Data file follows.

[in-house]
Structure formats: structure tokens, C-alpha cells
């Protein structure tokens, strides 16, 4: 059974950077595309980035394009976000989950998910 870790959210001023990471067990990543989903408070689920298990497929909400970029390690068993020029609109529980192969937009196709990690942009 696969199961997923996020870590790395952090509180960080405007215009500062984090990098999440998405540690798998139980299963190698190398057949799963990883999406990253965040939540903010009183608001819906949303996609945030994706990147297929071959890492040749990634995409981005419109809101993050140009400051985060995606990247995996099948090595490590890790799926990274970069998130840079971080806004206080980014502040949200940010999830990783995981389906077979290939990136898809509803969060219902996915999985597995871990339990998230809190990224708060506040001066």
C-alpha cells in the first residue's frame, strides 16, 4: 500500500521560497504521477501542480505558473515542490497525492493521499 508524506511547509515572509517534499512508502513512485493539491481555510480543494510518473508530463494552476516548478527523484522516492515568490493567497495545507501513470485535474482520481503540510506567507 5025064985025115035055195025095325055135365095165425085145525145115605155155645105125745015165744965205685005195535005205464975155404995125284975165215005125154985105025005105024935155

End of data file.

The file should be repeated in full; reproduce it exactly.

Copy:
[in-house]
Structure formats: structure tokens, C-alpha cells
């Protein structure tokens, strides 16, 4: 059974950077595309980035394009976000989950998910 870790959210001023990471067990990543989903408070689920298990497929909400970029390690068993020029609109529980192969937009196709990690942009 696969199961997923996020870590790395952090509180960080405007215009500062984090990098999440998405540690798998139980299963190698190398057949799963990883999406990253965040939540903010009183608001819906949303996609945030994706990147297929071959890492040749990634995409981005419109809101993050140009400051985060995606990247995996099948090595490590890790799926990274970069998130840079971080806004206080980014502040949200940010999830990783995981389906077979290939990136898809509803969060219902996915999985597995871990339990998230809190990224708060506040001066």
C-alpha cells in the first residue's frame, strides 16, 4: 500500500521560497504521477501542480505558473515542490497525492493521499 508524506511547509515572509517534499512508502513512485493539491481555510480543494510518473508530463494552476516548478527523484522516492515568490493567497495545507501513470485535474482520481503540510506567507 5025064985025115035055195025095325055135365095165425085145525145115605155155645105125745015165744965205685005195535005205464975155404995125284975165215005125154985105025005105024935155